Tonight we explored Bernard Malamud’s The Magic Barrel — and its interesting connection to the work of Marc Chagall.
Both Malamud and Chagall — Jewish artists — found ways to echo the Jewish world in a magical way.
Steve Olson facilitated with the assistance of Ellen Meyer.
Bernard Malamud was one of a few Jewish writers who came into prominence after World War II. He was born in 1914 to Ukranian parents — his father was poorly educated and ran a grocery store at 1111 Graves End Avenue in Brooklyn.
He spoke Yiddish at home and his parents spoke Russian. At thirteen years old he wanted a bar mitzvah. His parents provided him with an Orthodox tutor who hit his hands whenever he made a mistake…which, needless to say, was not the best learning environment for him. On his birthday morning, his father took him into the living room, wrapped tefillin on his son and said “ok, that’s it”. No party, nothing.
Later that year he found his mother after a suicide attempt. She died three years later. She was paranoid schizophrenic — as was his brother Eugene.
Bernard Malamud was a storyteller. He would listen to the customers at his father’s store — he would go to the movies and he would recall the stories to his friends.
He began courting non-Jewish Ann — he tells her that his writing is the most important thing to him. He marries her at the Ethical Culture Society in 1947. She cries all the way to the ceremony.
His father sat shiva after the wedding….but later reconciled with him after the birth of their first child.
Malamud lands a job teaching at a community college on the coast of Oregon.
In 1958 the collection of short stories entitled The Magic Barrel won the American Book Award.
At some point Malamud found his Jewish voice…amidst his own background and suffering. His writing suddenly took on depth and richness that was new in American literature.
He was remarkably compassionate to those who are usually overlooked in society — was compassionate to his father.
You can read The Magic Barrel short story HERE:
The story, The Magic Barrel, represents the non-realism of story usually characteristic of folkloric Yiddishkeit stories.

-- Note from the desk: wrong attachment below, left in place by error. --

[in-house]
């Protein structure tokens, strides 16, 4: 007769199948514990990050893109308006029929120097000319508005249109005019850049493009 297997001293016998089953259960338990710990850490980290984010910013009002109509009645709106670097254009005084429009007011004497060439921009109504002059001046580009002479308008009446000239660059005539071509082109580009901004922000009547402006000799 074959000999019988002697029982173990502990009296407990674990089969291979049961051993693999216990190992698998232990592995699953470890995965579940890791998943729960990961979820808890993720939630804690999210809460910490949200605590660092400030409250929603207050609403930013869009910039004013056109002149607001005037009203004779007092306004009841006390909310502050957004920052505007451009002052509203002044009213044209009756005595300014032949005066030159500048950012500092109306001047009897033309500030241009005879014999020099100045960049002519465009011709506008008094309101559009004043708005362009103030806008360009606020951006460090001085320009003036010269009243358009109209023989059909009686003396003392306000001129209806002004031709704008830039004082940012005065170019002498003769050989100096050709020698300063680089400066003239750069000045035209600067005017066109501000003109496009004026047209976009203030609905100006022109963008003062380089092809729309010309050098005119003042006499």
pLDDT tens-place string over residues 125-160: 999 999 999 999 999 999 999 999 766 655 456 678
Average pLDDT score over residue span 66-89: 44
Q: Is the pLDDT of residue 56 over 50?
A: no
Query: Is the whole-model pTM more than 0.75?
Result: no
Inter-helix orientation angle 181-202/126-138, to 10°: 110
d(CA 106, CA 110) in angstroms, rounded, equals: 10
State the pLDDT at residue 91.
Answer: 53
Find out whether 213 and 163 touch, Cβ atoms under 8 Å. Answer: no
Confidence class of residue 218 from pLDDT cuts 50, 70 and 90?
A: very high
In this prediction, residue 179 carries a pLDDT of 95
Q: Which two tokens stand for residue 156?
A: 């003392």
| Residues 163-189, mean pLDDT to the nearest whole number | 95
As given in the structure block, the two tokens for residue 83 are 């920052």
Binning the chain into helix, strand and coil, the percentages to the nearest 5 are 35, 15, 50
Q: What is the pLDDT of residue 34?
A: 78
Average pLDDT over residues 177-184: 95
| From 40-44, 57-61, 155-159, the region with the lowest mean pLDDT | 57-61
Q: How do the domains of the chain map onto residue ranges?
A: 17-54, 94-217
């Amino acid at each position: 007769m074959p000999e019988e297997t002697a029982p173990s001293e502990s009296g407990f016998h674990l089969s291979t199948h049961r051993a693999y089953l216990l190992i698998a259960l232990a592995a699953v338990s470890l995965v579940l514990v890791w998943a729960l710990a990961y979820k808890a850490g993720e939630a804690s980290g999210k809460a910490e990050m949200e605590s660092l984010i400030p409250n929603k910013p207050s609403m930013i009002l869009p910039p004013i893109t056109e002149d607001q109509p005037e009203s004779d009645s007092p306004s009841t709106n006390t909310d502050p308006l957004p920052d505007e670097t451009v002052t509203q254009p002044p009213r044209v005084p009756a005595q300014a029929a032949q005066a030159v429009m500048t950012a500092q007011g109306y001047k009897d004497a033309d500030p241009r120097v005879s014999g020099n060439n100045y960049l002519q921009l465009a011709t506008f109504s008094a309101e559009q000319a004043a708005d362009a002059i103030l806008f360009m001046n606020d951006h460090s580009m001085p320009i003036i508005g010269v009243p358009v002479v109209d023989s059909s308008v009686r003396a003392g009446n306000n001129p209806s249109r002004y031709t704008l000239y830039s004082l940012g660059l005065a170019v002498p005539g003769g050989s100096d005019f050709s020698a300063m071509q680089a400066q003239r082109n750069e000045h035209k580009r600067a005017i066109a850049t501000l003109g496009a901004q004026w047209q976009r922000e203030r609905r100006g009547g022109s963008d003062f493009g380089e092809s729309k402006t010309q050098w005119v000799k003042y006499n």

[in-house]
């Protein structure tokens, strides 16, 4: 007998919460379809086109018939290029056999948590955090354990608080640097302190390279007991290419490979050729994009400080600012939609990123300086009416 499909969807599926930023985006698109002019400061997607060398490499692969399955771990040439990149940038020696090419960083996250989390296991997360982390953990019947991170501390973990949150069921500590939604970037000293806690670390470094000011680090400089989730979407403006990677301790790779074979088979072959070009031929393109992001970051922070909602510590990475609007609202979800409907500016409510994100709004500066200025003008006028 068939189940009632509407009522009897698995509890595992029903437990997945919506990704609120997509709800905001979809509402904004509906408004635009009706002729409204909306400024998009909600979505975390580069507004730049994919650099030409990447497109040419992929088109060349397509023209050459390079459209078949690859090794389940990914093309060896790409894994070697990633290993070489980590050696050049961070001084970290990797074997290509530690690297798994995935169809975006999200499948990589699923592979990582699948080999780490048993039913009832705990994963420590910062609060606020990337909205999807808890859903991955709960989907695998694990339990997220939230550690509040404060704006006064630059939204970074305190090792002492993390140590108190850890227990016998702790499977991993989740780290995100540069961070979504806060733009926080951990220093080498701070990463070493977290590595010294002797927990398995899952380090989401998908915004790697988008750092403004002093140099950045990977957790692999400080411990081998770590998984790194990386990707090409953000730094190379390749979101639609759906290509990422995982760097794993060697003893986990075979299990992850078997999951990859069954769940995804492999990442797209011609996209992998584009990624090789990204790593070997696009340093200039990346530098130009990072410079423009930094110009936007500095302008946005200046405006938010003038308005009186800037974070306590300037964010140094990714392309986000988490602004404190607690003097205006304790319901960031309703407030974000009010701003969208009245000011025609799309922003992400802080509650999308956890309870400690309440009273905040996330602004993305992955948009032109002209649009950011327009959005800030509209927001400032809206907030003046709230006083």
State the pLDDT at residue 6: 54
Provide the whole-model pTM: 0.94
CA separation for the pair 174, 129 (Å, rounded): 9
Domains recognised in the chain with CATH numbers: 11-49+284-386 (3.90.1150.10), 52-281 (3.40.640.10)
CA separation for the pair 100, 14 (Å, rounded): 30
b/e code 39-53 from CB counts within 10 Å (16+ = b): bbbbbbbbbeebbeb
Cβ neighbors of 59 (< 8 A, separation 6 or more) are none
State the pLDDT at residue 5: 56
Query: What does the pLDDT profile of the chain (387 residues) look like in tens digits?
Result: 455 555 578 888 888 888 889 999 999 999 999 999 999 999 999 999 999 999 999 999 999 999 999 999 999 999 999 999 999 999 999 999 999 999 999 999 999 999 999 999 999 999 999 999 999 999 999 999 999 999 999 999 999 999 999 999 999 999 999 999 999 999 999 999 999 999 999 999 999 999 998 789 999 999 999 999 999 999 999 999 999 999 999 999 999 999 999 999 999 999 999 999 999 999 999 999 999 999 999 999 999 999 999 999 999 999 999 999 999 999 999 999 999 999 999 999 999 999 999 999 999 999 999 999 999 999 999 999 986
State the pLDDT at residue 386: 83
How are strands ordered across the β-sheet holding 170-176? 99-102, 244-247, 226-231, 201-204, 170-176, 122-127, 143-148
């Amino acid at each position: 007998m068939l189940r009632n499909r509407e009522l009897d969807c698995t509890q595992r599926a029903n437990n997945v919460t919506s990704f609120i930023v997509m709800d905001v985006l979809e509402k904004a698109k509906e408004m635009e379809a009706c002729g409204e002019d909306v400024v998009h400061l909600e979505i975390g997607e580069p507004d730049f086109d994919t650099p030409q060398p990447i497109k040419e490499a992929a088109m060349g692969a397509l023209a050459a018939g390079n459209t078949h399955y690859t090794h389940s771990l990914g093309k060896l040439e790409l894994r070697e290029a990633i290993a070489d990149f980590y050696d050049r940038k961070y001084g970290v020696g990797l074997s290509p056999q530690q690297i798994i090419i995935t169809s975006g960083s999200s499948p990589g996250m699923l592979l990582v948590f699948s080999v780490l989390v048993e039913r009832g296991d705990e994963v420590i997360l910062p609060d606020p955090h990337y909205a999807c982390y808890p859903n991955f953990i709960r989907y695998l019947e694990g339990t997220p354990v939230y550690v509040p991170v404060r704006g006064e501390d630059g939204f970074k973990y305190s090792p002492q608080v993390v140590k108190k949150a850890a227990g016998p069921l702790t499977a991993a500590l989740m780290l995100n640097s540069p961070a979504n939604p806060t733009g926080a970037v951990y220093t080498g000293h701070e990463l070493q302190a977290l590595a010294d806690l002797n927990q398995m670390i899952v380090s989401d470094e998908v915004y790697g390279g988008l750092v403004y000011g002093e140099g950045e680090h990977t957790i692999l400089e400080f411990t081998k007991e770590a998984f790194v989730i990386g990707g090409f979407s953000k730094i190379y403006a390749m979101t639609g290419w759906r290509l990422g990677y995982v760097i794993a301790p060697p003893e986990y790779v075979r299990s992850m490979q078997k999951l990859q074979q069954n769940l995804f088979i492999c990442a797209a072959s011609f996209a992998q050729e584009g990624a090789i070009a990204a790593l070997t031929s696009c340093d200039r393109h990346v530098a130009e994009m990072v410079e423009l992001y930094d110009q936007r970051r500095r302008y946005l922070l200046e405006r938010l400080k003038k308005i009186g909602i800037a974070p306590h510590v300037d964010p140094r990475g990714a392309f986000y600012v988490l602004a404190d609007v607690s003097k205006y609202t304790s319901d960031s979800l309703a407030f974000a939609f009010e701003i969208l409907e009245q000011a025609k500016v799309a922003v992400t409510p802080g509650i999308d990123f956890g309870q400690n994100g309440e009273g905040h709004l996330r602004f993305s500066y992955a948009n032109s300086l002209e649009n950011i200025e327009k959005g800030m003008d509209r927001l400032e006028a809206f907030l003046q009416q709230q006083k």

Some of the symbolism in the story — the gift of the tomato — representing life, love, vibrance, generosity… Red like the red shoes, the red and purple flowers — passion, love, life.
The fish representing fertility, good luck — fish is the symbol of G-d watching over us at all times.
The images of “Violins and lit candles revolved in the sky” — so very “Chagall-like”…almost as though Malamud wanted to create a Chagall-like feel to his story.
Here in the story there are echoes of love — echoes between people and their desires. The author was so worried that he would never find love — and never be deserving of it.
This story represents a beautiful dance of our hope for love, our desire for love and our fear of it….and our fear that we will never find it.
Now — on to Chagall.
Marc Chagall was born in 1887 in Russia — one of nine children. For his living, his father sold herring.
He wrote a book “My Life” — with his wife Bella.
Marc Chagall decided to become an artist and left the shtetl….which was very fortunate for him. He painted what was around him as well as his hopes and dreams — life in the shtetl. Interestingly, though, he was not an academic artist. He attended a Russian experimental school which was influenced by ideas of Parisian art.
He moved to Paris in 1910-12. He held studio space in LaRouche, surrounded by many other Russian Jewish artists. They were heavily influenced by Modernism, Cubism, Abstract art.
Chagall was personally influenced by Russian icons. He created separate spaces of color which would represent different people — in icons people are always floating through space.
He was influenced by circuses. He created circular spaces to indicate movement.
Here, in “The Birthday”, he is together with Bella. He met Bella in Vitelosk. He never wanted to tell his birthday. One year Bella figured it out and ran all over town to buy his favorite things for the birthday. In this painting Chagall is falling over backwards with ecstasy and joy from what she did for him. This was an emotional piece.
Here we have lovers, pig, cow (a chicken representing sin?) and eggs representing fertility and life.
These paintings are dreamlike.
The White Crucifixion was painted after the breakout of the Nazi pogroms in November 1938. So many symbols of hope and despair intermingled…like life, like love.
We continue to be inspired by these amazing artists and their magical way of echoing dreams and folklore and reality.
Such an interesting session! (I was so inspired!)